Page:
Editorial: Don't be a victim of holiday crime

Upticks in property crime, sadly, tend to go hand-in-hand with the Christmas shopping season. Shoplifting, theft from vehicles and robberies tend to go up during the month of December, some believe tied to financial struggles and the pressures of gift-giving during the holidays.

Westminster Police, the Carroll County Sheriff’s Office and Maryland State Police announced a joint effort Holiday Crime Prevention Patrol Initiative, which begins Dec. 1, increasing patrols in commercial areas along Main Street and the Md. 140 corridor in Westminster.


The hope is that a more visible police presence will make crooks think twice before ruining someone’s holiday, but cops can’t be everywhere at once.

Most of these types of crimes are crimes of opportunity, and there are some steps everyone can take to help themselves from becoming a victim.

Let’s start with the obvious: Lock your car doors, especially if you have gifts in the vehicle. It still amazes us how often police report thefts from vehicles where doors are left unlocked. You should lock up your car doors all the time, even when parked in your own driveway, but especially so in parking lots of the mall or retail stores during the holidays. Try to park in well-lit areas as well.

Along those same lines, if you’re spending the day shopping and stockpiling gifts, don’t leave them in plain sight in the backseat of your vehicle while you bounce from store to store. Clear some space in your trunk before you head out shopping and keep as many of your gifts there and out-of-sight as possible. If you think you might be buying an oversized item, like a television, that might need to go in your back seat, consider bringing a blanket or sheet to cover it up while you do the rest of your shopping, or try to plan to make large, expensive items your last purchase before heading home.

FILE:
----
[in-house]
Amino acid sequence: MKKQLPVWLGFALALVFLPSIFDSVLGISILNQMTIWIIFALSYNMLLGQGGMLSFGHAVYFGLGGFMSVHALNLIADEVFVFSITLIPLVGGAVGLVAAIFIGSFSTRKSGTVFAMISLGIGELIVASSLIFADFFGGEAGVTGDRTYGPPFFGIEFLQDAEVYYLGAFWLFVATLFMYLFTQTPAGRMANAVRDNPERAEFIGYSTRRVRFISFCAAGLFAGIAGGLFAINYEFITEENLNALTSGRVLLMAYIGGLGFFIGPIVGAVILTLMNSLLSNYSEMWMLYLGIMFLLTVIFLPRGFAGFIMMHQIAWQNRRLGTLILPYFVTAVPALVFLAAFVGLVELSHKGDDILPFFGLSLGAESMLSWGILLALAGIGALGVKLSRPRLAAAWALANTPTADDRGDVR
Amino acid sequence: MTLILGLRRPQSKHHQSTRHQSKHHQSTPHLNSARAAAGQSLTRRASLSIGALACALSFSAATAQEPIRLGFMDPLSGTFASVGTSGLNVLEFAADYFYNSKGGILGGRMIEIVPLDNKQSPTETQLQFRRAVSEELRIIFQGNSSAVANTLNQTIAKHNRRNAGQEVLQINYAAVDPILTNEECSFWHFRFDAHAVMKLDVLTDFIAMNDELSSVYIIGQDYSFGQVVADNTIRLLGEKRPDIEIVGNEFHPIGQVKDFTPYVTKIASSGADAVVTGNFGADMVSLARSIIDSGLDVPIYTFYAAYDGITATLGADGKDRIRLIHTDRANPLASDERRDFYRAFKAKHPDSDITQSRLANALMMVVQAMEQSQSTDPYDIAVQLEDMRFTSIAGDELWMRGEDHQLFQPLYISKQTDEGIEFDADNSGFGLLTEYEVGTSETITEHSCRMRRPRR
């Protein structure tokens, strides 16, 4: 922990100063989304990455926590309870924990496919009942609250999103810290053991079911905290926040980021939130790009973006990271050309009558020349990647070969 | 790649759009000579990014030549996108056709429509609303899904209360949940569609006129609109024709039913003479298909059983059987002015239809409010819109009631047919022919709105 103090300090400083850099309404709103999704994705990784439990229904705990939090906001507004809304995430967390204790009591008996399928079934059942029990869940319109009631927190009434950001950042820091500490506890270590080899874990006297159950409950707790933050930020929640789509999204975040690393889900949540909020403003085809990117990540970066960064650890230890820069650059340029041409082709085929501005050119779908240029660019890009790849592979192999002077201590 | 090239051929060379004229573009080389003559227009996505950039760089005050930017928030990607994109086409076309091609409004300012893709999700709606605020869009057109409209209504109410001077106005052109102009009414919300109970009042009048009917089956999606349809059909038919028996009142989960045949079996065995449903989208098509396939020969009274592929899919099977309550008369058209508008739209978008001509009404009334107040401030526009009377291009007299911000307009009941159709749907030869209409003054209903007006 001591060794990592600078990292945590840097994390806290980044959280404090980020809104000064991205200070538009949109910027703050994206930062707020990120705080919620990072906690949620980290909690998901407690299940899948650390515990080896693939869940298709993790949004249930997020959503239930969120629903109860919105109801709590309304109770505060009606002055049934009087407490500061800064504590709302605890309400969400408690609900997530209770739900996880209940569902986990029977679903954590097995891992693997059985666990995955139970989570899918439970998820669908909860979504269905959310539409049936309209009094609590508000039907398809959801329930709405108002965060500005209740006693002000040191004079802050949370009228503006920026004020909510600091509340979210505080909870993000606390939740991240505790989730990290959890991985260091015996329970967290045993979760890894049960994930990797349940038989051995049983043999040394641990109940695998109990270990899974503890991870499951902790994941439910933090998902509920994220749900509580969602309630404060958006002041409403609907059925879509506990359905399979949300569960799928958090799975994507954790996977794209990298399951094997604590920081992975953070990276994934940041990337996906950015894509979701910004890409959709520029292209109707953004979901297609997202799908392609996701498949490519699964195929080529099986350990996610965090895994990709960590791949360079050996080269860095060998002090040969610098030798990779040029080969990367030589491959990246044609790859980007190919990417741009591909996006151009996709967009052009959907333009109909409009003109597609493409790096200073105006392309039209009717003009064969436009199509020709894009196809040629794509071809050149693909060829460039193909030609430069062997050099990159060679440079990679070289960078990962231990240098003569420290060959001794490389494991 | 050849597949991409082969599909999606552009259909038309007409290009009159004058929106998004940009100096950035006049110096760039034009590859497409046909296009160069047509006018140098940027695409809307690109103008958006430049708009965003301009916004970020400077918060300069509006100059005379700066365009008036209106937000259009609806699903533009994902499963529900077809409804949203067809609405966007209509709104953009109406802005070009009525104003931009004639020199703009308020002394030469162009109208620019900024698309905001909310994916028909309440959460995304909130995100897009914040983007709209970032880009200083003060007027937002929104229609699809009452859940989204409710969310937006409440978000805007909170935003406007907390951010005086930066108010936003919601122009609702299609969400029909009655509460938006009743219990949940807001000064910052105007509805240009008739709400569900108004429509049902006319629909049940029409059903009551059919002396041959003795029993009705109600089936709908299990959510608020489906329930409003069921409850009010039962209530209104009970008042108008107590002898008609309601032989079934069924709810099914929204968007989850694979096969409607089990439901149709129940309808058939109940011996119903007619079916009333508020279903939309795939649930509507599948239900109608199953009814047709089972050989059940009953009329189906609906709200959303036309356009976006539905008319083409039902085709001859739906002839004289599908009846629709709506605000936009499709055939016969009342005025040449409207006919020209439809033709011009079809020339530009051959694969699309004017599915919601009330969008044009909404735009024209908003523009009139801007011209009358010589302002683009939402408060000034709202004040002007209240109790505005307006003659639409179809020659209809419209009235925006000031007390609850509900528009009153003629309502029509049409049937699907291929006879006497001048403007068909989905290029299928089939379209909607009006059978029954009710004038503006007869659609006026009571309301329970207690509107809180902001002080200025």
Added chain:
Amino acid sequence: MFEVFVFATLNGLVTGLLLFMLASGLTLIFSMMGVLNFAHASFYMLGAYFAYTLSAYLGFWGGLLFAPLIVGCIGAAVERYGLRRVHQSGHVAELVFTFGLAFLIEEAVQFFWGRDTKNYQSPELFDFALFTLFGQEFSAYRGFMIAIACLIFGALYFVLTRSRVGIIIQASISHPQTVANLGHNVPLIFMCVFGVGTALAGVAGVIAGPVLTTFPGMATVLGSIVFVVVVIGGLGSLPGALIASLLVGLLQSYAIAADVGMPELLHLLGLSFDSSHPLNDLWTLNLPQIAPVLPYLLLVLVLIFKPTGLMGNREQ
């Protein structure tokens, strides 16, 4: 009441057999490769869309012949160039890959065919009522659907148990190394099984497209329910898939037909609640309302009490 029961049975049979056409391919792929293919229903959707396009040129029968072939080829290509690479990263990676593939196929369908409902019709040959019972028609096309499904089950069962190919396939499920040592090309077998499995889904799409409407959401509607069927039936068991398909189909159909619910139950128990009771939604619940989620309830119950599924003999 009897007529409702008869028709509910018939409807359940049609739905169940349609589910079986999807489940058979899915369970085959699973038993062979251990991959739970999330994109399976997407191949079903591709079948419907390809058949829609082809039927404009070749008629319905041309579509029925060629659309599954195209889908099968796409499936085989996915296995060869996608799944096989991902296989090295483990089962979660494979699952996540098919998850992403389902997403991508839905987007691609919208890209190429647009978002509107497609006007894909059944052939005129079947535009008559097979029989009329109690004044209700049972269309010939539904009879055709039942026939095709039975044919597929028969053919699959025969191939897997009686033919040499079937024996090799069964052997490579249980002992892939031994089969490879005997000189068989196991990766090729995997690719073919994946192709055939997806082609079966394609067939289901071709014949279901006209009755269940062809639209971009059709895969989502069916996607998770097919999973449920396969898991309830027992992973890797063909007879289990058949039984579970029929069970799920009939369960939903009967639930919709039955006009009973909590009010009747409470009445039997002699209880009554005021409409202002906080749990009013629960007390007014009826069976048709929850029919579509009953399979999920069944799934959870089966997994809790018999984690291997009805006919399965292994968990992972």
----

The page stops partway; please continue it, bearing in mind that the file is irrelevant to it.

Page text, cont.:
Once you get home, even though your vehicle might make a good hiding place, it’s still best to take gifts inside.

Of course, with so much holiday shopping being done online these days, perhaps these aren’t the problems you’re faced with. Instead, the concern might be packages delivered to your home that sit on your front porch for hours before you get home from work.

Instead of having packages delivered to your home address, consider having them shipped to your office if you can. Not only will you know your order is safe and secure, but you also don’t have to worry about it potentially being ruined by winter weather or the kiddos reading the labels before you get home. If you can’t have it shipped to your house, maybe a relative or neighbor who is home during the day would be willing to hold it until you get home.

We’re glad police are increasing visibility to deter seasonal crime, but be sure to take steps yourself to help prevent being a victim and ensure a happy holiday.